The "insensitivity and stubbornness" of CWI president Dave Cameron have created a poor relationship with West Indies' players and coaches, according to Ricky Skerritt, who is running against Cameron in the forthcoming CWI elections.
Skerritt, a former cabinet minister for St Kitts and Nevis, also suggested that "relationships with facts and truth apparently mean little to Cameron" and claimed his tenure as president had caused "significant damage" to the board in both financial and reputational terms.
Skerrit was responding to comments made by Cameron, which referred to Skerrit's four-year spell as West Indies team manager in the early 2000s as "that period of turmoil".
"While I was team manager there was zero industrial unrest by players," Skerritt said. "This period was a time when we were still winning more matches than we lost and players were still respected by the CWI leadership. Instead of making such unfounded and petty attacks on me I recommend that Mr Cameron hold audience with former players and ask about their experiences and existing relationships with me. But relationships with facts and truth apparently mean little to Cameron.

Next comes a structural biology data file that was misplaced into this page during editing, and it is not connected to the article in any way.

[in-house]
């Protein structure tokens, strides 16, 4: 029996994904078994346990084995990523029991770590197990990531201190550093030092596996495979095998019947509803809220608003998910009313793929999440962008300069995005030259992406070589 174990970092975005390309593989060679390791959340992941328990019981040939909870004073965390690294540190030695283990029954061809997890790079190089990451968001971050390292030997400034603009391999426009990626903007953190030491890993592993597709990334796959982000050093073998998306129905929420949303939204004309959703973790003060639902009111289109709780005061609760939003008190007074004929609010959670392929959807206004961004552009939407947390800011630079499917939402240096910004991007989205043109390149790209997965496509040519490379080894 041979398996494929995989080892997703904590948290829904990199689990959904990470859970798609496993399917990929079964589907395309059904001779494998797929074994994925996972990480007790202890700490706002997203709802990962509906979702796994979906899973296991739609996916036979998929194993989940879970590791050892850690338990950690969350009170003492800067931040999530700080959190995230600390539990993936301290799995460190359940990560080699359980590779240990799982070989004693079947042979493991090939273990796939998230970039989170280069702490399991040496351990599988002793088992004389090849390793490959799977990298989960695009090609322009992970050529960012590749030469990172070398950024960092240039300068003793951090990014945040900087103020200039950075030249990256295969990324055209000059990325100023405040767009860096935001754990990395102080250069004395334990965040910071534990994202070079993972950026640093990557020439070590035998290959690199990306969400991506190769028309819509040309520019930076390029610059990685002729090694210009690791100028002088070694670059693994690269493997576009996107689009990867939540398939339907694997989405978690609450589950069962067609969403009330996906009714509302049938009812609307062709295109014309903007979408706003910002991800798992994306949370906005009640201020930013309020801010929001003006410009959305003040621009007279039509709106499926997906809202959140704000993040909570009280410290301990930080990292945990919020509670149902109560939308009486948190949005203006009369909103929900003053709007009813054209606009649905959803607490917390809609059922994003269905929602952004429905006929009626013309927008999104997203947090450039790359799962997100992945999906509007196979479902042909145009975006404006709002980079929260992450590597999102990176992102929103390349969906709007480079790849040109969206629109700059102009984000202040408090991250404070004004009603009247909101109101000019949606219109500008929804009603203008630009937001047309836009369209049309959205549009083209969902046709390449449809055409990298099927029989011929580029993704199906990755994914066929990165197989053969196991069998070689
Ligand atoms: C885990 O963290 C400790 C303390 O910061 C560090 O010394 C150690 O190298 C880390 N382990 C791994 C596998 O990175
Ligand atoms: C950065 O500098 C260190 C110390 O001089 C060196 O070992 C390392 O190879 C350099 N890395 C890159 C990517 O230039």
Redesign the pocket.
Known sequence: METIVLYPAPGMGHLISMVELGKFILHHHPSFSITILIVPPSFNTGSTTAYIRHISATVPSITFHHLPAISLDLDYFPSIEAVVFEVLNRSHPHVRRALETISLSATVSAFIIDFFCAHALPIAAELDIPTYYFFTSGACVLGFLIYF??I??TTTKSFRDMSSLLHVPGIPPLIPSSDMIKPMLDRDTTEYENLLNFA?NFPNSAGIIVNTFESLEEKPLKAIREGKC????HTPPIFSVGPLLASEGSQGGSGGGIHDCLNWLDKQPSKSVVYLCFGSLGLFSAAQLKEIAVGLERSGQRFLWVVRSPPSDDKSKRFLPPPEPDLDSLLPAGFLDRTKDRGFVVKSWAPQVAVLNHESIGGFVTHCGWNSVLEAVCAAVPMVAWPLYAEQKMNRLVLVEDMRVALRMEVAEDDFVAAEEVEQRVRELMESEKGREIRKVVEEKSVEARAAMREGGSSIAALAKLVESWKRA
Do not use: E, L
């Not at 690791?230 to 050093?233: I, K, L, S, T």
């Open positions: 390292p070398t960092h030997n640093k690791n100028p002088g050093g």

"If Cameron wants to talk about turmoil, perhaps he can explain why former head coaches, Ottis Gibson, Phil Simmons, and the several others who Cameron hastily and summarily dismissed, from both the men's and women's teams, have collectively cost CWI well over US $1m."
"These tumultuous instances have caused significant damage to the CWI reputation, commercial health, and team performance," Skerritt said. "Cameron really should not allow the subject of 'turmoil' to become the feature of this campaign. Cameron's pettiness and negativity will not distract us from our forward-looking election campaign."
Cameron declined ESPNcricinfo's request for comment. Following the announcement of Skerritt's candidacy last week, Cameron had questioned his record managing the team between 2000 and 2004.
"Ricky has always mentioned how passionate he is about West Indies cricket," Cameron told Line and Length. "What most of us remember Ricky for is that period when he was manager of the team, the turmoil that occurred. I'm hoping that we'll never get back to those days."
Skerritt is running alongside Dr Kishore Shallow, the president of the St Vincent & The Grenadines Cricket Association, who is standing for the position of vice-president.
The CWI elections take place in Jamaica on March 24. A total of 12 votes, two each for six member territories, are at stake. At present, Windward Islands, Guyana, Jamaica and Barbados all appear to favour Cameron and his vice-president, Emmanuel Nanthan, while Leeward Islands and Trinidad and Tobago appear to favour Skerritt and Shallow.
George Dobell is a senior correspondent at ESPNcricinfo